Growth Challenges Faced By Local Seed Companies In Uganda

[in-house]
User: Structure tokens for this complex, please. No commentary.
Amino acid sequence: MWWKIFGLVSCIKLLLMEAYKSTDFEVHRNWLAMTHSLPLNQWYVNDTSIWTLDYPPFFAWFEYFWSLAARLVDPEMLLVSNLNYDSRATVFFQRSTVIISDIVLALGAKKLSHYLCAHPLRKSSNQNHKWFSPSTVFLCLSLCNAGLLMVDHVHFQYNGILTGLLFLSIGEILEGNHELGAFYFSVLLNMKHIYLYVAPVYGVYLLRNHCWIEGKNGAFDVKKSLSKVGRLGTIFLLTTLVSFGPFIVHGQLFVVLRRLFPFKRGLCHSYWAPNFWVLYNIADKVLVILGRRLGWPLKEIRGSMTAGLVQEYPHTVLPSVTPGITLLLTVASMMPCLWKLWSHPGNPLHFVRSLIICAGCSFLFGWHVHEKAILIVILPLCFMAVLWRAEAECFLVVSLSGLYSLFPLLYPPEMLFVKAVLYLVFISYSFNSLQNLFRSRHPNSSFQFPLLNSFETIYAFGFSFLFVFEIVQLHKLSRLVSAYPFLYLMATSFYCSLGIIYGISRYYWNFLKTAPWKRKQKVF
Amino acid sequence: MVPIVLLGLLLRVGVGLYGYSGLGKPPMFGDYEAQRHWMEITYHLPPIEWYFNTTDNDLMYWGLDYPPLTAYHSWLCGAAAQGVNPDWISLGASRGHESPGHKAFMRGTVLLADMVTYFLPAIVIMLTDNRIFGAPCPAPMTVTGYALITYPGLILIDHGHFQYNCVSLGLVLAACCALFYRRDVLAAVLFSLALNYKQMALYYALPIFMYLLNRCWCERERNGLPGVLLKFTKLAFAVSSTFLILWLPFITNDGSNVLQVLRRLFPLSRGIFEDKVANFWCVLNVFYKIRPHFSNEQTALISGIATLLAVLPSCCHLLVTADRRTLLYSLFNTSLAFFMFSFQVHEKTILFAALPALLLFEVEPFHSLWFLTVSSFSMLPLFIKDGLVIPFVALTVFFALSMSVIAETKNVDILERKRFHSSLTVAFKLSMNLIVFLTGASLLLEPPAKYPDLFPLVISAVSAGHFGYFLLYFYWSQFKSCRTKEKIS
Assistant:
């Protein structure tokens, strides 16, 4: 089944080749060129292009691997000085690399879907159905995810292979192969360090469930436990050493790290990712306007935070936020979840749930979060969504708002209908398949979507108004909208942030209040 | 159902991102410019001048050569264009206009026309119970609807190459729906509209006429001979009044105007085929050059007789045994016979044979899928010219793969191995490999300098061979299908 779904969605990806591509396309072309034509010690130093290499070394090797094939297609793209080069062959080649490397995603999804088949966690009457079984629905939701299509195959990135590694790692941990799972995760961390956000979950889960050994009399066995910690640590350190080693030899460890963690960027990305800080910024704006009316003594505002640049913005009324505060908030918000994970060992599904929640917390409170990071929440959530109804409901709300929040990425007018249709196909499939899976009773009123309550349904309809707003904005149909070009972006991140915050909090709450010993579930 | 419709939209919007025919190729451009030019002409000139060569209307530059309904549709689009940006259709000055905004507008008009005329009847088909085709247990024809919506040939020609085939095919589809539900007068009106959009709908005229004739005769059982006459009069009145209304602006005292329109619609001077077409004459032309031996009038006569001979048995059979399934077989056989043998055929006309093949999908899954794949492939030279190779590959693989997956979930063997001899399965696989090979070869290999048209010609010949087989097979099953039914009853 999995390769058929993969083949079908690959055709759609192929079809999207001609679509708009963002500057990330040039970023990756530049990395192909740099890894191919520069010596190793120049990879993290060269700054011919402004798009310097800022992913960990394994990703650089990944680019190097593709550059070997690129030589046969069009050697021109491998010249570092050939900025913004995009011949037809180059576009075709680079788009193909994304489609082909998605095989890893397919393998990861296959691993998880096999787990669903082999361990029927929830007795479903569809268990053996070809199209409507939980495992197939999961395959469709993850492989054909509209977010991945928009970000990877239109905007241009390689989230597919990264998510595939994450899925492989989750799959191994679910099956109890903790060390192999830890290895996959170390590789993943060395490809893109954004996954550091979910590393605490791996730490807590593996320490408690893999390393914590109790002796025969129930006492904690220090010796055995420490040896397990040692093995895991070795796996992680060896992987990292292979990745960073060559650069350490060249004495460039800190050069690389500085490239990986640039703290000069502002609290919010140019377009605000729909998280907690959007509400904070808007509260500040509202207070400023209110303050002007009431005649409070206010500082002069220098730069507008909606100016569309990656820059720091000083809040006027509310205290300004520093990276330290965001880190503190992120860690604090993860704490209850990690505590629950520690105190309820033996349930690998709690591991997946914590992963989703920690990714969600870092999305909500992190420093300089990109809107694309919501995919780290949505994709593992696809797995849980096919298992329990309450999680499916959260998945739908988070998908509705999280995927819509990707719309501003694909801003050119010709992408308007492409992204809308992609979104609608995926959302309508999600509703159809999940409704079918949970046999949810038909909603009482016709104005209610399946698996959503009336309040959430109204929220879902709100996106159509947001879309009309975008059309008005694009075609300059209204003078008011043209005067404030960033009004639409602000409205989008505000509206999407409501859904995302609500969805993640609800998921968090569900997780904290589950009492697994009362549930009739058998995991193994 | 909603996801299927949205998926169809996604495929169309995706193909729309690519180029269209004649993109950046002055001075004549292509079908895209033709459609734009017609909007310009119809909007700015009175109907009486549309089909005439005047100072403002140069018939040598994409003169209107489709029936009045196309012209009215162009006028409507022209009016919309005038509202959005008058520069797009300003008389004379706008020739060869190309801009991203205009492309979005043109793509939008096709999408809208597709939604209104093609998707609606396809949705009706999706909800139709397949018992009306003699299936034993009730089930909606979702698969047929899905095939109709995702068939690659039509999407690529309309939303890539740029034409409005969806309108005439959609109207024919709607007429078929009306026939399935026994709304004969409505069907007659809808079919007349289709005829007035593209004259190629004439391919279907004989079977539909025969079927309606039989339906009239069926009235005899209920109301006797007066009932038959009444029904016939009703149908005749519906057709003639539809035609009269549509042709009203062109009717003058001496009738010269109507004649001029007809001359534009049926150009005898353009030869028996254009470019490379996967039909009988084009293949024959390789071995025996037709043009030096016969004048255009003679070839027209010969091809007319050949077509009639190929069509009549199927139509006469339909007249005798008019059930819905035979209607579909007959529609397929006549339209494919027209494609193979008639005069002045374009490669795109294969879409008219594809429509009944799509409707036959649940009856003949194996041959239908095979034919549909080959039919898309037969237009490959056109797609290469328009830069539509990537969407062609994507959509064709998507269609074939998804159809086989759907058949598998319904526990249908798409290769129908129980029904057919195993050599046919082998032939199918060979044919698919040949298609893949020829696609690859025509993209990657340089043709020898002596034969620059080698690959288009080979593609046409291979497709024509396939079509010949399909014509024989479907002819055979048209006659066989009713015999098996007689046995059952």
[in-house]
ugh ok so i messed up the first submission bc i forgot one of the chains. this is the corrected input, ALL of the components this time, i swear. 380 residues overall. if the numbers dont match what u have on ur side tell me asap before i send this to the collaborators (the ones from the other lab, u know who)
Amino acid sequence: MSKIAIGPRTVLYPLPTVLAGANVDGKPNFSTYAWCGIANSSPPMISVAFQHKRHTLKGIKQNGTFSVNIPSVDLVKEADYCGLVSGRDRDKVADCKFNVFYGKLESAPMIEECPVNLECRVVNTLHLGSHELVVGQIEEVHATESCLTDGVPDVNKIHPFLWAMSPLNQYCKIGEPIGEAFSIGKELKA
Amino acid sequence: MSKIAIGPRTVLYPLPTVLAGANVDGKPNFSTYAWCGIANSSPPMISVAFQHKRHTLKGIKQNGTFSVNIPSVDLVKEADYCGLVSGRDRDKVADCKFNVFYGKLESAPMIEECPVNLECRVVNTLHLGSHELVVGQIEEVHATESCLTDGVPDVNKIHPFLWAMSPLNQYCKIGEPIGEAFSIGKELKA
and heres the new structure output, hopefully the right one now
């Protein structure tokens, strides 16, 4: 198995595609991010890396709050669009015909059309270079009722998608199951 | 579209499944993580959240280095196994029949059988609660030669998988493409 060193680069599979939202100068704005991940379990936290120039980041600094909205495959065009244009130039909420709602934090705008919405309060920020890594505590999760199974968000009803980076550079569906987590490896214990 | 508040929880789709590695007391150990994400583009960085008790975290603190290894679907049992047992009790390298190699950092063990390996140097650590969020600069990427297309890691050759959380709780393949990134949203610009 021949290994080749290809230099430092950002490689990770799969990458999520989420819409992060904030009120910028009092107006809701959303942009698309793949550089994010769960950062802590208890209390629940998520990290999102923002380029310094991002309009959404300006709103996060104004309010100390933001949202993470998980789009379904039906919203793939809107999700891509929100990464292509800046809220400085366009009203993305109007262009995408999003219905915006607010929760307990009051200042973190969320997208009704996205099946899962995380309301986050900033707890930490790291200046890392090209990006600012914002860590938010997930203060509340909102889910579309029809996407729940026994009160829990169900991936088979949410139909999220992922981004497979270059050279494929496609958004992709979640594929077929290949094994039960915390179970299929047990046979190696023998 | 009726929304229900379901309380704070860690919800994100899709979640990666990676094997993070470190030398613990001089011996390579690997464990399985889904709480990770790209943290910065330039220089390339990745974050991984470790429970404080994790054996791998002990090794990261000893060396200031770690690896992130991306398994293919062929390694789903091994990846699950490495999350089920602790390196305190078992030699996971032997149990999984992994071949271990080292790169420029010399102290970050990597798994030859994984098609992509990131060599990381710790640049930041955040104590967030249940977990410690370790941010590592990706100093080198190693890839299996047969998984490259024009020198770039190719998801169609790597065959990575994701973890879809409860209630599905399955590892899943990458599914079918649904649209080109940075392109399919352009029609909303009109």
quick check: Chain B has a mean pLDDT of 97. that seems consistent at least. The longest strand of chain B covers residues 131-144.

This study is an assessment of growth challenges faced by local seed companies in Uganda. It looks at aspects of production, financial, environment that exacerbate constraint. The impetus behind the study is drawn from the constraints experienced by seed companies across sub Saharan Africa. A combination of research techniques such as questionnaires, telephone interviews and review of available literature was used in this study. The study reveals that the 16 respondent seed companies are young. The local seed companies lack the capacity to generate new or improved germplasm through research and therefore rely on public sources of parent material. Furthermore, many of the seed businesses do not have access land and irrigation facilities so many of them rely on out growers, thus, are exposed to quality issues and price fluctuations. Equally important, most local seed farmers and out growers rely on rain feed production, hence, are prone to adverse changes in weather patterns, which eventually may affect seed production The majority of the seed companies are owner managed, and exhibit weak corporate governance structures, with most decisions resting with the owner manager. The companies are in an industry which is perceived as high risk by commercial banks and have a weak asset base which hinders access to external financing for the acquisition of efficient processing equipments and working capital. Consequently, they have relied on the owners‟ limited equity this is exacerbated by delayed collection of receivables from major creditors. Difficulty in accessing grants for expansion and the prevalent macroeconomic conditions was also identified as a challenge. In conclusion, most seed businesses depend on unreliable out growers for seed production who are poor and risk-averse and are cash constrained often with limited ability to make investments to grow their businesses. Possible remedies to these challenges include improvement in the regulatory frame work, provision specialised financial products to finance capital expenditure and working capital, skills development, increased availability of improved varieties, sensitization of farmers on the benefits of using improved seeds, In conclusion, the major constraints facing local seed companies are a function of their size, lack of adequate capital, rudimentary production and processing capacity resulting in poor seed qualities and vulnerability to the macro economic environment in the country as well as unfavourable climatic conditions, unethical practices and poor regulation.
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